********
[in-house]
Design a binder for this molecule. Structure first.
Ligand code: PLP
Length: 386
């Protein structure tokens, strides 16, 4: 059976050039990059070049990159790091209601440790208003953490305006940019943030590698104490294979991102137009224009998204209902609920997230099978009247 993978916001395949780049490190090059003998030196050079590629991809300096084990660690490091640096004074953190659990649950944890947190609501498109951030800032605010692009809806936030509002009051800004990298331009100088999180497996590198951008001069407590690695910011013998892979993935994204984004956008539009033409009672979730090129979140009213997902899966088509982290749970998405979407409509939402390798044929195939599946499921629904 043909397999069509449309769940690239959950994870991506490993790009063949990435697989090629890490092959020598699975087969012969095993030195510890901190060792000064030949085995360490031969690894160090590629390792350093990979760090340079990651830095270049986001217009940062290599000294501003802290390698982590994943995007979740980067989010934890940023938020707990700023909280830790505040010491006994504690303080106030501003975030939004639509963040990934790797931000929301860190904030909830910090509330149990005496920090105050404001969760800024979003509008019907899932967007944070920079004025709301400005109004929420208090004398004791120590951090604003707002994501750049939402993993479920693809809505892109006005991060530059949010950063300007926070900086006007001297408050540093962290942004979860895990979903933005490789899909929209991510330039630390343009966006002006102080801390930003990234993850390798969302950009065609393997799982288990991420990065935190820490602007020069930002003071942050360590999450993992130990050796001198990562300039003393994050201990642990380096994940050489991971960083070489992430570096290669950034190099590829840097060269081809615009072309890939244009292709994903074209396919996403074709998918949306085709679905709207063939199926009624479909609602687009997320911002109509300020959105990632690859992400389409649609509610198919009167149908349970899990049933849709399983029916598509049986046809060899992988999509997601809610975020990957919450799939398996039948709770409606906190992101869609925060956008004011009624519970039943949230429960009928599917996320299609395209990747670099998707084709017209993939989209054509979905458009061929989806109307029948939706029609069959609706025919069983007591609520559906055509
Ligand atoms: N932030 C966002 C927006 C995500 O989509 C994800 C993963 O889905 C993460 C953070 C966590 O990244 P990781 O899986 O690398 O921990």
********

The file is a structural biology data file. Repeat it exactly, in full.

[in-house]
Design a binder for this molecule. Structure first.
Ligand code: PLP
Length: 386
């Protein structure tokens, strides 16, 4: 059976050039990059070049990159790091209601440790208003953490305006940019943030590698104490294979991102137009224009998204209902609920997230099978009247 993978916001395949780049490190090059003998030196050079590629991809300096084990660690490091640096004074953190659990649950944890947190609501498109951030800032605010692009809806936030509002009051800004990298331009100088999180497996590198951008001069407590690695910011013998892979993935994204984004956008539009033409009672979730090129979140009213997902899966088509982290749970998405979407409509939402390798044929195939599946499921629904 043909397999069509449309769940690239959950994870991506490993790009063949990435697989090629890490092959020598699975087969012969095993030195510890901190060792000064030949085995360490031969690894160090590629390792350093990979760090340079990651830095270049986001217009940062290599000294501003802290390698982590994943995007979740980067989010934890940023938020707990700023909280830790505040010491006994504690303080106030501003975030939004639509963040990934790797931000929301860190904030909830910090509330149990005496920090105050404001969760800024979003509008019907899932967007944070920079004025709301400005109004929420208090004398004791120590951090604003707002994501750049939402993993479920693809809505892109006005991060530059949010950063300007926070900086006007001297408050540093962290942004979860895990979903933005490789899909929209991510330039630390343009966006002006102080801390930003990234993850390798969302950009065609393997799982288990991420990065935190820490602007020069930002003071942050360590999450993992130990050796001198990562300039003393994050201990642990380096994940050489991971960083070489992430570096290669950034190099590829840097060269081809615009072309890939244009292709994903074209396919996403074709998918949306085709679905709207063939199926009624479909609602687009997320911002109509300020959105990632690859992400389409649609509610198919009167149908349970899990049933849709399983029916598509049986046809060899992988999509997601809610975020990957919450799939398996039948709770409606906190992101869609925060956008004011009624519970039943949230429960009928599917996320299609395209990747670099998707084709017209993939989209054509979905458009061929989806109307029948939706029609069959609706025919069983007591609520559906055509
Ligand atoms: N932030 C966002 C927006 C995500 O989509 C994800 C993963 O889905 C993460 C953070 C966590 O990244 P990781 O899986 O690398 O921990």